Attic: Mostly Insulated

Good News! After a couple weeks of not having any insulation in our attic, we are now mostly insulated. Here’s some pics:

Here’s our insulation strategy, sure to make my insulation specialist friend very uncomfortable…. We started with some R-13 fiberglass batts, which we placed between the 2×4 rafters. Then we used some R-38 fiberglass batts, which we placed perpendicular to the rafters to try and eliminate all the little passageways between the batts. It’s nothing fancy, like a hot roof, but it’s gotta be better than the 3 inches of rock wool and crumpled newspapers we had before

Alert readers will also notice that now there are lights in our attic! I’m really excited about it. In our wee little attic space, I installed 5 new lights! That’s gotta be some sort of code violation that will come back to bite us someday. Our attic space is now the best lit space in the whole house. Wasted effort? Maybe, but it was sure nice to have well-lit space while we were laying the insulation….
Also, you’ll notice that some of the R-38 batts are still all wrapped up. That’s because we haven’t gotten around to fixing this:
Once we fix that chimney, then we’ll lay down the rest of the insulation…

10 comments to Attic: Mostly Insulated

  • It's looking pretty cozy up there to me. How was the itch factor on that project?

  • itch factor=high
    rash factor=high

  • Blayne

    All Right, R & M, Great job on tackling the crappy part of remodeling/fix-up. You're doing it just the right way.

  • Thanks, Blayne. Can't wait for you to see it when we're done.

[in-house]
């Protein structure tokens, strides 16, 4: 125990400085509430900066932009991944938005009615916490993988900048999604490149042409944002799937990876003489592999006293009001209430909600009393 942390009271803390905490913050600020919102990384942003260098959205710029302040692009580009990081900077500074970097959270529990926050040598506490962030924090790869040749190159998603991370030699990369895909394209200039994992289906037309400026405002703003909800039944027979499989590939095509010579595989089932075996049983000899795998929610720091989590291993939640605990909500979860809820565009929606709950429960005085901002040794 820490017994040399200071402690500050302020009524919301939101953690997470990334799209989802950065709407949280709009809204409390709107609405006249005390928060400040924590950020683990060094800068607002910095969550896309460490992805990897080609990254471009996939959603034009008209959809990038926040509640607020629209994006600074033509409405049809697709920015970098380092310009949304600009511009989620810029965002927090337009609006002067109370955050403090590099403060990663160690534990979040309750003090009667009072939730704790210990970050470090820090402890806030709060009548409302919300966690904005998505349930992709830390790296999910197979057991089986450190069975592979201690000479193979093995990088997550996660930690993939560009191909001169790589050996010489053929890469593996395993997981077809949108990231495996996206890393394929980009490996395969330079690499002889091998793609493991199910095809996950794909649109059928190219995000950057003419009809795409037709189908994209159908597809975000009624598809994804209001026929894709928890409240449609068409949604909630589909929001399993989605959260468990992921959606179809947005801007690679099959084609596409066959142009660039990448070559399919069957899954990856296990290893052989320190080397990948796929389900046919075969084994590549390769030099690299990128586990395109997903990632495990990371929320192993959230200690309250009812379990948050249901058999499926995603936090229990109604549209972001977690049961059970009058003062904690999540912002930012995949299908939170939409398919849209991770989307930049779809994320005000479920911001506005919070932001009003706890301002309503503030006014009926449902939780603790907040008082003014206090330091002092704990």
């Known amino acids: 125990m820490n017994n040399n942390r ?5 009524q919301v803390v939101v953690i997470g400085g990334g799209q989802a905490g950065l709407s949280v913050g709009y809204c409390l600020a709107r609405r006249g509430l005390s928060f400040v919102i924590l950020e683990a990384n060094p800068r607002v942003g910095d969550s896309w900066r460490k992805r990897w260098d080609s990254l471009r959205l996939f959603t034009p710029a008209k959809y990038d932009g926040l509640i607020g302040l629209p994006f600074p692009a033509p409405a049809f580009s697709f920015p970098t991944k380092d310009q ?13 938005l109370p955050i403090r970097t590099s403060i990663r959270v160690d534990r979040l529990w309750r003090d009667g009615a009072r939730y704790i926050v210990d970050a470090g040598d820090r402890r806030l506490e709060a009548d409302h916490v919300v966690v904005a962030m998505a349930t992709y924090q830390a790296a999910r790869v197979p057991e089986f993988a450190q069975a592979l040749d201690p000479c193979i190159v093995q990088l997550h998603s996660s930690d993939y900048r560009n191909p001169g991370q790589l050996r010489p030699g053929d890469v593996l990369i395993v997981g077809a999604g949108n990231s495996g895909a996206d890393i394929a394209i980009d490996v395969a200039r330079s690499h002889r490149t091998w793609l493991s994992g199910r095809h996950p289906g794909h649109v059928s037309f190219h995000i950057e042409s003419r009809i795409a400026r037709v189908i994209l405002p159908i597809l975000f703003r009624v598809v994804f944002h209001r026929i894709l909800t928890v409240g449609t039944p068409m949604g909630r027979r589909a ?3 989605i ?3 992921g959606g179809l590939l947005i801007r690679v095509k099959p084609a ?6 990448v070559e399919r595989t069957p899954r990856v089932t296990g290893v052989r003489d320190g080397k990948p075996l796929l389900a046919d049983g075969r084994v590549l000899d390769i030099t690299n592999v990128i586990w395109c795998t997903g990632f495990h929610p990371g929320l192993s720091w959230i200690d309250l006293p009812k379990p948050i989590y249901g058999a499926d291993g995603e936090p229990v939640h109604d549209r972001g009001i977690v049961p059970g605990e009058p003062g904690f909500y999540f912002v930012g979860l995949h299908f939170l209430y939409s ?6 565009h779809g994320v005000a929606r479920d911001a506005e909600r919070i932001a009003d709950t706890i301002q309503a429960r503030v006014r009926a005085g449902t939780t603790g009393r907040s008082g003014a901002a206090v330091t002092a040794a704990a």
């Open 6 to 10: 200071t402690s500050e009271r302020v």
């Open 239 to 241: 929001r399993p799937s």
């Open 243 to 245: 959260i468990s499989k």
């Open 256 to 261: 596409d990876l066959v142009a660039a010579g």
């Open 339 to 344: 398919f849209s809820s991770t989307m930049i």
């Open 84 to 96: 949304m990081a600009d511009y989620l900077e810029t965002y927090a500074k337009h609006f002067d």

• Anonymous

    Quick question: Do you feel a noticeable temperature difference since you've placed the new drywall?

  • Anonymous. Not so much when we put the new drywall up – but we definitely noticed a difference within the few hours after we put the insulation in. The difference in just a few hours was noticeable.

    WHy do you ask? You got a project going on?

  • Reub, Darling Friend,
    This is overdue, I'm afraid, but good work. That is, so long as one of the batts you used was kraft-faced and the other unfaced. Otherwise, you'll have a duplicate vapor barrier, which could lead to trapped moisture -> mold. But if you can get the batts in, more power to ya.

  • I'm itching just thinking about that project. Did you address any attic bypasses? That hole in your chimney will be a big one.

  • Nicole

    I love your house posts, Reuben. It's so fun to watch things come together, especially since I didn't have to crawl around an attic to get that sense of satisfaction. You are both so handy!

  • About filling in the chimney with foam: that will be a great way to seal up that attic bypass, but the foam insulation can burn, and shouldn't come anywhere near the vent for the furnace and water heater.

    You need to figure out why the chimney is falling apart – it's probably because of a bad or missing crown, or missing mortar at the exterior.

    A high quality, professional repair for the chimney would require a masonry contractor to fill in the missing bricks and re-tuckpoint, or possibly re-build your chimney. The cause of the problem needs to be addressed.

    Another option, which might be less costly, would be to tear down the chimney below the roof line. The chimney is only acting as a chaseway for the furnace and water heater vent – you really don't need it projecting up above the roof any more. I'm not saying this would be easy, but it might be easier than having the chimney professionally rebuilt. You also wouldn't have to do any more work on the chimney.

    You would still need a professional contractor to repair the hole that will be left in your roof. Feel free to call me about this if you want more input.

    Don't foam the chimney.